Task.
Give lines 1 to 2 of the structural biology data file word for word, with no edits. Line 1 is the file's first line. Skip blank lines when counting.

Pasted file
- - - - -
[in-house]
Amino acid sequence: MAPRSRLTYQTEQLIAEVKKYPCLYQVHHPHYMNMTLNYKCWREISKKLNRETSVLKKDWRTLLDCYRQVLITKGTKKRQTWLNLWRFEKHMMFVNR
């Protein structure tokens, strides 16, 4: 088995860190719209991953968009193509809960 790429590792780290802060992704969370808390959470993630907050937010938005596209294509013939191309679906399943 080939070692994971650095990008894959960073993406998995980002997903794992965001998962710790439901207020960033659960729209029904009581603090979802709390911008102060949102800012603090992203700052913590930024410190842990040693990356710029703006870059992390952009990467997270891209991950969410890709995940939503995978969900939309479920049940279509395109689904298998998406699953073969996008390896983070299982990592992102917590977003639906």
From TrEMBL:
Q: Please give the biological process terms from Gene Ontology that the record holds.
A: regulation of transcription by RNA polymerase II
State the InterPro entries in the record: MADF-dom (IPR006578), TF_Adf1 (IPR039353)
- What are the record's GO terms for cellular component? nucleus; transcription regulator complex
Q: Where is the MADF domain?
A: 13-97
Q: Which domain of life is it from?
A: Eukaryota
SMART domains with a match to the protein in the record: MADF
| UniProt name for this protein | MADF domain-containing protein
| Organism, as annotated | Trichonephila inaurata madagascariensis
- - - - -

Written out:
[in-house]
Amino acid sequence: MAPRSRLTYQTEQLIAEVKKYPCLYQVHHPHYMNMTLNYKCWREISKKLNRETSVLKKDWRTLLDCYRQVLITKGTKKRQTWLNLWRFEKHMMFVNR